Two days before the expected launch of his nonprofit’s revamped Web site Josh Basile was in his wheelchair in front of his computer, trying to pull it all together.
Like any self-taught Web designer, Basile hit a couple of snags coming down the homestretch. Basile needed to find a different way to store some of the pictures so they consumed less memory. Not all of the links that the site would provide were active yet.
“It’s like painting a picture,” Basile said. “Using the software is about building layers and speaking its language.”
Basile worked out the kinks, and on Sunday Jan. 28, he lauched the vastly upgraded Web site for determined2heal.org.
BASILE’S WEB SITE is an extension of the nonprofit organization of the same name that he launched in July 2005, nearly a year after he was paralyzed from the neck and down in an accident at Bethany Beach, Del. The organization advocates spinal cord injury research — including stem cell research — beach safety and the dissemination of treatment and lifestyle information to those with spinal cord injuries.
Determined2Heal’s Web site has been around since the organization launched, but it was not all that Basile wanted it to be. The newly renovated version still desribes the nonprofit, but its primary service is to serve as a one-stop shop for people looking for all things spinal injury-related.
Medical information and lifestyle advice abound for those with spinal injuries. The site has links to medical and recreational equipment, from blood pressure monitors, to tank-like wheel chairs for backwoods hunting. There is advice on the basics of day-to-day living, travel advice, and relationship and sexual health advice.
“There are a thousand sites out there,” said Basile about similar sites, “and they each do one thing well. This brings together all of the information that is out there to one place.”
Peter Burns is a Walt Whitman sophomore and a friend of Basile's who helped Basile create the original site last summer.
"Josh is a real good guy for doing this," said Burns, who helped gather information for the Web site about conversion vans and other travel tips for those who are paralyzed. "He works on it practically non-stop; he puts in more hours a day on the Web site than I probably do on school."
One feature that Basile is excited about is a color-coded diagram of the spine on the site’s homepage entitled ‘Click your level of Injury.’ Each of the vertebrae are labeled and coded by color and will guide a visitor to the typical results of each degree of injury.
For example, click on the C5 vertebrae near the top of the neck and you learn that those injured in this area can typically move their arms using their shoulder and biceps muscles, a ventilator is not needed for breathing, and that through training and the use of special equipment persons with this injury can hope to eat, drink, bathe and drive with out any assistance. Each level of injury is different and the site provides specific information for each one.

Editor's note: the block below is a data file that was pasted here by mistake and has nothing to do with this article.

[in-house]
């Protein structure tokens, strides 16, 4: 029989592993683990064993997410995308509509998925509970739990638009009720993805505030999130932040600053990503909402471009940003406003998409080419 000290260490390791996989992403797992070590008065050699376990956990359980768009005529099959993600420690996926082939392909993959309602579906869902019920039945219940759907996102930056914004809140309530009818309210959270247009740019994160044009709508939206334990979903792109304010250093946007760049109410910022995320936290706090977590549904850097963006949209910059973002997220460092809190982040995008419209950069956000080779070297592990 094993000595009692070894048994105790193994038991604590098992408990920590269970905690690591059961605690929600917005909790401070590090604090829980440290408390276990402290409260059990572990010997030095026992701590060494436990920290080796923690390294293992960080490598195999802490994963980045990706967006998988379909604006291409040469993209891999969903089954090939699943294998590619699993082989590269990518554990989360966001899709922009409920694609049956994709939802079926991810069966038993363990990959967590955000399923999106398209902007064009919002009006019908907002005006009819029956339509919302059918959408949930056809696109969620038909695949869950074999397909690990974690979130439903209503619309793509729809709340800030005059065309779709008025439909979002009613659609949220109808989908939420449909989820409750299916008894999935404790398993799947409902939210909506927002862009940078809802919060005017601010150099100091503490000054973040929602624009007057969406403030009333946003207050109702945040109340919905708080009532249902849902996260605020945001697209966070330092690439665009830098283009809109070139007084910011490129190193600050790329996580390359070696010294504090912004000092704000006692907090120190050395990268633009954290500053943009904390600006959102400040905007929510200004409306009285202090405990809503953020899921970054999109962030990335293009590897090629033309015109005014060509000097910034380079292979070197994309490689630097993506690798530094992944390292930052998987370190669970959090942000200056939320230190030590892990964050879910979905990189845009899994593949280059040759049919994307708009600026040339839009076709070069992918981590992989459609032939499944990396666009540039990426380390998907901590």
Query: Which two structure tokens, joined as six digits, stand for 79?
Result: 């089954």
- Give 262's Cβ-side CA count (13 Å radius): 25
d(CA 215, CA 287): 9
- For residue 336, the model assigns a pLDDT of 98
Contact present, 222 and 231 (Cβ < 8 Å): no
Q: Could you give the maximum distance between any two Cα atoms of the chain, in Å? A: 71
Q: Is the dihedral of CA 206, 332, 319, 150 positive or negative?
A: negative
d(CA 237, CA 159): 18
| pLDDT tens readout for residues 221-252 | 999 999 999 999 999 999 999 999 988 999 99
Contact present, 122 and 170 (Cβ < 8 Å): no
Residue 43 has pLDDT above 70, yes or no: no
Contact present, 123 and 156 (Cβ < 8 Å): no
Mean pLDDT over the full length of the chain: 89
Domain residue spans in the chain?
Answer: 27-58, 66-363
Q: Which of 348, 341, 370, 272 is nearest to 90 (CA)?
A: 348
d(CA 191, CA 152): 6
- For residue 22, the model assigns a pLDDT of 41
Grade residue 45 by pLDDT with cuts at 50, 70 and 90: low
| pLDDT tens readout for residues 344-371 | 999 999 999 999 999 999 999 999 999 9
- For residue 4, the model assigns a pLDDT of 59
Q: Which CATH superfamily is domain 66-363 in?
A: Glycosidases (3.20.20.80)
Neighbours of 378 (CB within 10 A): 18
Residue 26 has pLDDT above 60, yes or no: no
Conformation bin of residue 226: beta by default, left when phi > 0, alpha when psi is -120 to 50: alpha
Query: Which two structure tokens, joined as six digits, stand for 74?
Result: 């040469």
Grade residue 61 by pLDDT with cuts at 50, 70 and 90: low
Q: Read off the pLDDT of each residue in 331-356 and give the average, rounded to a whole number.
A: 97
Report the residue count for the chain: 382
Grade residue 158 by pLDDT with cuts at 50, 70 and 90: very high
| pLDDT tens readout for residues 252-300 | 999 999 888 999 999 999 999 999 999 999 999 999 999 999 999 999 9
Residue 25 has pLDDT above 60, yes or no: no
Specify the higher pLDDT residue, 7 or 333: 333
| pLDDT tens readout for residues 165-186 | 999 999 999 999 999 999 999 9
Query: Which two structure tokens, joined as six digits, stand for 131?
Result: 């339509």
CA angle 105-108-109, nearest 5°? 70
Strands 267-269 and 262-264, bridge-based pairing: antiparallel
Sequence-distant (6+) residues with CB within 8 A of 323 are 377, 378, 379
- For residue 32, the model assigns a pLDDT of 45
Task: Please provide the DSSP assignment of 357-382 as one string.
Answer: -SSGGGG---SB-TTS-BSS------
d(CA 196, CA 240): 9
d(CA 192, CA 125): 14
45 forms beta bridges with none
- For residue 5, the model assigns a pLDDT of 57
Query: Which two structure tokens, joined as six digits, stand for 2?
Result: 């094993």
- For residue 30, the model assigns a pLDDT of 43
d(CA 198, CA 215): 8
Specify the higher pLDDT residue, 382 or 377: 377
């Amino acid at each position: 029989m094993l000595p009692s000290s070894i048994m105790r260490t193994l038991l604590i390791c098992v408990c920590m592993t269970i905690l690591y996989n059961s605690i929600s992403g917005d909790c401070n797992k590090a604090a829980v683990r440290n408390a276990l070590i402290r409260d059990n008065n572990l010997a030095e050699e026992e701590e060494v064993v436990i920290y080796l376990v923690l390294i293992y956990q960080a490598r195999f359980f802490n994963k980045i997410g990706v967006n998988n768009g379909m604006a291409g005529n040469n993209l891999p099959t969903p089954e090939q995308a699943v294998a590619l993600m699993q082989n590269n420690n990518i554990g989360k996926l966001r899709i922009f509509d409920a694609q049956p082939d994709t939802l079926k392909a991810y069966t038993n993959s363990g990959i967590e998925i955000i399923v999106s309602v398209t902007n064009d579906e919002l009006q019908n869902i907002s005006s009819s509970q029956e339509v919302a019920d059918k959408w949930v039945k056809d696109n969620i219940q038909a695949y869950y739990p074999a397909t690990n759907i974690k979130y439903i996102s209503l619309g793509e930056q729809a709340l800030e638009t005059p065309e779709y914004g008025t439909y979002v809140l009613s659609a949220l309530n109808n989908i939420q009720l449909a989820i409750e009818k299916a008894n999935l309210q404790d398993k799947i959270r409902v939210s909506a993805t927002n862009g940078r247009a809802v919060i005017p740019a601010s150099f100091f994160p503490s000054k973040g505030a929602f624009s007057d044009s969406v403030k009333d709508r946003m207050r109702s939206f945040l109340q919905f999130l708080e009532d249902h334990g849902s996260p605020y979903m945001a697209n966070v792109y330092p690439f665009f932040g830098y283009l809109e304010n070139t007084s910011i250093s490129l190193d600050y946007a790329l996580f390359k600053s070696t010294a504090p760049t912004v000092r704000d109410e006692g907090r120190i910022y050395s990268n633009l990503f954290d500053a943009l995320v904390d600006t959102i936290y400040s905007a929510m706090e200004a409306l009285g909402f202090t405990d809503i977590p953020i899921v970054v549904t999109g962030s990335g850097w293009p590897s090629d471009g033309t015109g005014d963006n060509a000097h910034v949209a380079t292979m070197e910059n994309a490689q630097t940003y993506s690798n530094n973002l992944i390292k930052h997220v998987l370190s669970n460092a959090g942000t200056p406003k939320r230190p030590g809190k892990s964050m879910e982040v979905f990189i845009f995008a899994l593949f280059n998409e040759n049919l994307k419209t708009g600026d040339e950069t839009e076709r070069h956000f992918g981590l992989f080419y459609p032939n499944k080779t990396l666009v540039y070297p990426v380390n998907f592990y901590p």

“My mind and my words are the two best tools I have,” said Basile. “Since my injury, I feel like I speak spinal cord… and my words can help people make the transition.”
THE PAST two-and-a-half years for Basile have been marked by drastic change and profound progress. While in the hospital, Basile was told he would never get off of the respirator that was keeping him alive. He went beyond getting off the respirator, and after two and a half years of intensive physical therapy Basile has worked his way from an electronic wheelchair that moved in response to sips and puffs on a plastic straw, to a joystick-controlled, motorized wheel chair, to this month, when he began to use a power-assist manual wheelchair around his home in River Falls.
A varsity tennis player during his freshman year at Skidmore College, Basile said he lost 50 pounds in the first three weeks after his injury. Through the therapy — four-hour sessions each day in his basement gym — Basile said he has gained all of the weight back. He does exercises on machines for his upper body, but advanced electrical equipment allows him to exercise his legs and maintain their muscle mass, said his father John Basile.
“We do it so when the science evolves to the point for him to walk again, he’ll be ready,” John Basile said.
Josh Basile resumed taking courses at Montgomery College and the University of Maryland after interning during the summer with Ben Cardin (D-Md.), then a U.S. representative who has since won a seat on the U.S. Senate.
Returning to school has presented new challenges. “It’s a totally different way of studying and learning,” said Basile. “In class I have to work so much harder because I can’t quickly right down notes.”
Basile uses scribes provided by the college, or he gets notes from friends in his classes. The effects of the difficulties and Basile’s hard work in school have yielded different results from the last time he was in school.
“I’m a straight-A student now, so that’s kind of weird,” said Basile. While Josh was a good student before, said John Basile, he has thrived academically with fewer distractions. Josh Basile said that he enjoys school more now than he did before.
Basile said he will begin taking classes at the University of Maryland next semester, with the goal of graduating in hree years or less.
“Right now I’m choosing a career and it’s not based on money, I’m going to pursue something that will make me happy,” Basile said. Right now Basile thinks he will minor in art major in business, but he isn’t sweating the specifics at this point. With the Determined2Heal Web site up and running and his organization picking up steam, Basile is already doing exactly what he wants.
“To tell you the truth,” Basile said, “I’m pretty much dedicating my life to this. You can think of it as a business, but it’s fun for me.”